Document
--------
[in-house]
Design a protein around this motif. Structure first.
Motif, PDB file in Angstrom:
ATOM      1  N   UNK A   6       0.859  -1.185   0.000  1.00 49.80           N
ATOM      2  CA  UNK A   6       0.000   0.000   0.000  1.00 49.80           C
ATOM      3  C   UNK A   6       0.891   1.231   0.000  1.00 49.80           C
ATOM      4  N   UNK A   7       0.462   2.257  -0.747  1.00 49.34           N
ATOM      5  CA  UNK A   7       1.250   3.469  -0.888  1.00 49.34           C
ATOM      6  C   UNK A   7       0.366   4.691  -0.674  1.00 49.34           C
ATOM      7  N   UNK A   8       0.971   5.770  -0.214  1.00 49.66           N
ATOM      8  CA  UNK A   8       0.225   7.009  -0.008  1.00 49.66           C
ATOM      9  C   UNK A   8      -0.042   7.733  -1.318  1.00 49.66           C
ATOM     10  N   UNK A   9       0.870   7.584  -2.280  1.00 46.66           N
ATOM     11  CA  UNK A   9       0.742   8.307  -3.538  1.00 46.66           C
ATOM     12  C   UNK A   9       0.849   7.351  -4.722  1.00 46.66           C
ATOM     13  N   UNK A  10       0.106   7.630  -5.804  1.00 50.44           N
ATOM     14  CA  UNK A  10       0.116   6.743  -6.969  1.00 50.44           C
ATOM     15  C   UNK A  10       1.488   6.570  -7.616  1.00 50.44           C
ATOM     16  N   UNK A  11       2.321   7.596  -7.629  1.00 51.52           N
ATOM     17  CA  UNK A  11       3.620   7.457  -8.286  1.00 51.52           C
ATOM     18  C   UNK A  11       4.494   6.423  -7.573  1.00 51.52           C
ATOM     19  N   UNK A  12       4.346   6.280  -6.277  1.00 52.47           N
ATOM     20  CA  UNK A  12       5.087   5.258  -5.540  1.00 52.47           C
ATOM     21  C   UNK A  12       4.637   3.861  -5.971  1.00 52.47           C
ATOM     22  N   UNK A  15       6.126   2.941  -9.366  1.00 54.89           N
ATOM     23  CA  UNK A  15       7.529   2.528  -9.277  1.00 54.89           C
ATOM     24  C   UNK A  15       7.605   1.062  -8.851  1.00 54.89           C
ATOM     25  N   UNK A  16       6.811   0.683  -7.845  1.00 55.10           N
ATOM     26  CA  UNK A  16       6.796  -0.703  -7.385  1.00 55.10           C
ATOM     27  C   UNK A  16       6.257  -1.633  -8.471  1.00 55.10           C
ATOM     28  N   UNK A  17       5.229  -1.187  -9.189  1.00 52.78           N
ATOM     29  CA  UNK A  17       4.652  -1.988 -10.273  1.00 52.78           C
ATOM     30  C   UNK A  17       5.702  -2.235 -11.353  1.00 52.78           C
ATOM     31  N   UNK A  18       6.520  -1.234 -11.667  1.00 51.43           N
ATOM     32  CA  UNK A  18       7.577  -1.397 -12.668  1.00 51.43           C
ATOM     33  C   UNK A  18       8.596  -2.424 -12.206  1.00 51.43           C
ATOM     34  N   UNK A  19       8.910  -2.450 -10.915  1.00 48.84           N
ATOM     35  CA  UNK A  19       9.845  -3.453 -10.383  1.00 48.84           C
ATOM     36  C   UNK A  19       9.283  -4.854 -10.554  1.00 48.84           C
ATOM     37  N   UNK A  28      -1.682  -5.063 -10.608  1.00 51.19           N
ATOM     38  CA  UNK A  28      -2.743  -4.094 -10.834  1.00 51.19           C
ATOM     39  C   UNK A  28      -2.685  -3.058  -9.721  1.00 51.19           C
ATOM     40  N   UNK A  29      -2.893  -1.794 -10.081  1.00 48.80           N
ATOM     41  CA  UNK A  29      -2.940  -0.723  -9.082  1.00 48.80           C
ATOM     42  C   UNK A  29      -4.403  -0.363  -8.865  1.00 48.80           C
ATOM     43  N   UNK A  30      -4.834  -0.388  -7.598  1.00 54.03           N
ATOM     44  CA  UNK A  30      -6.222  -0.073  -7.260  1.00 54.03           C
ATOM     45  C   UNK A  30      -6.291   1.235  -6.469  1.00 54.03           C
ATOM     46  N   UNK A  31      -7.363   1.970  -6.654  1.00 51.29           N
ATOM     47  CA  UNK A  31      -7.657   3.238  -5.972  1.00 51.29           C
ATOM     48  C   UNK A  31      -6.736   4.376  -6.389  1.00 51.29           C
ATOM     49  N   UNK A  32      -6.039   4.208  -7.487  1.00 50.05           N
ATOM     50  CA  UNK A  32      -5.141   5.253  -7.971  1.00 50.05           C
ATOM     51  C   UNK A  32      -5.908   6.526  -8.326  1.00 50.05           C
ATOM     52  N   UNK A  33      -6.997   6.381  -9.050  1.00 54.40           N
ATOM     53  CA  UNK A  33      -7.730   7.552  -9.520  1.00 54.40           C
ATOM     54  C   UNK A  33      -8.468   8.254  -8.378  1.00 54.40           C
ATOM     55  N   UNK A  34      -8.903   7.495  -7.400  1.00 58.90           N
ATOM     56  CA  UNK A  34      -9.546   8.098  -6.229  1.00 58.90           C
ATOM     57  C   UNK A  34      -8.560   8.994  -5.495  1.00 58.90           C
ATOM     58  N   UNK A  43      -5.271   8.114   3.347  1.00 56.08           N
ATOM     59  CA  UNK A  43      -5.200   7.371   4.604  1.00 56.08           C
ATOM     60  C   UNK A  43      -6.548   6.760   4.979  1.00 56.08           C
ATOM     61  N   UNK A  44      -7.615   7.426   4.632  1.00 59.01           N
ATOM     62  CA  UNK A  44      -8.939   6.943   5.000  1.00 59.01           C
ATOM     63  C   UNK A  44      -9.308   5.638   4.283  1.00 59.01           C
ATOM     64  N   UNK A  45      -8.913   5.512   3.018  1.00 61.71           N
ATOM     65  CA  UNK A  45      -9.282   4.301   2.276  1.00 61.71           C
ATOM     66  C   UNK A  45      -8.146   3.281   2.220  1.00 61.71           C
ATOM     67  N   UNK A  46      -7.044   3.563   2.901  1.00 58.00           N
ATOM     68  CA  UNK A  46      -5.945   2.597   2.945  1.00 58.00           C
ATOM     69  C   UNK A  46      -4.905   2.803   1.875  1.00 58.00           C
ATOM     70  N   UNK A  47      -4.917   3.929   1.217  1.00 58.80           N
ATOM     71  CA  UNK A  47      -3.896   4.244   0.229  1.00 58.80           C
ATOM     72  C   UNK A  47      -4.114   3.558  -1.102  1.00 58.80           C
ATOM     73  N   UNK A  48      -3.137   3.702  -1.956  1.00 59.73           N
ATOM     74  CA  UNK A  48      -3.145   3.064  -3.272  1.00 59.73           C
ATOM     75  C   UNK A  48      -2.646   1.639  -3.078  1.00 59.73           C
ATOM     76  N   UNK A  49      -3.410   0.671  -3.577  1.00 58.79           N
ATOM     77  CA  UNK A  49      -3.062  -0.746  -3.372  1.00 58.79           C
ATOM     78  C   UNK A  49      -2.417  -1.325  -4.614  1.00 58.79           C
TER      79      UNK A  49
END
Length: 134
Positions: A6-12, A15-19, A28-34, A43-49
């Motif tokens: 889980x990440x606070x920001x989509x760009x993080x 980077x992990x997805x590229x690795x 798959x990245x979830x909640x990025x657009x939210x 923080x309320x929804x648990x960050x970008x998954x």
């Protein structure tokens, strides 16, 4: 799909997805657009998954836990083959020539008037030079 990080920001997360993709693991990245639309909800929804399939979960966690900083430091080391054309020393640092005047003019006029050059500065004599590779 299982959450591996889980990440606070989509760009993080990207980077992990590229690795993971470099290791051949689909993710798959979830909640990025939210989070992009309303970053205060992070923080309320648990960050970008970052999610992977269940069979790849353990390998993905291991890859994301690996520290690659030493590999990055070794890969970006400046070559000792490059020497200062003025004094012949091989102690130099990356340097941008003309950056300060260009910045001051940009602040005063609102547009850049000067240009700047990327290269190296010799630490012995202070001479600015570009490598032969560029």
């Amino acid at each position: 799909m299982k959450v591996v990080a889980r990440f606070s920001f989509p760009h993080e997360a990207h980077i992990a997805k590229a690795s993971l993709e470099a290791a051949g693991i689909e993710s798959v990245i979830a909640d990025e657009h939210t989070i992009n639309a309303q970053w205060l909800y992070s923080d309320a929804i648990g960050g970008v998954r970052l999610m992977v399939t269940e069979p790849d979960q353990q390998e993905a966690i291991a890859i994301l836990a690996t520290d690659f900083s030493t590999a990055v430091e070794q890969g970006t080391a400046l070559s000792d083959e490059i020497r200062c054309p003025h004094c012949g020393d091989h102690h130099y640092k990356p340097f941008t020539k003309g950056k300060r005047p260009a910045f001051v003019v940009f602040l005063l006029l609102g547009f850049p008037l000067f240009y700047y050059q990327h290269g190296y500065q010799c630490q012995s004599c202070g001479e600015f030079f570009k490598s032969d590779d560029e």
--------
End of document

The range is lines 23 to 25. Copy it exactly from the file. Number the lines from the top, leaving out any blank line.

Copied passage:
ATOM     20  CA  UNK A  12       5.087   5.258  -5.540  1.00 52.47           C
ATOM     21  C   UNK A  12       4.637   3.861  -5.971  1.00 52.47           C
ATOM     22  N   UNK A  15       6.126   2.941  -9.366  1.00 54.89           N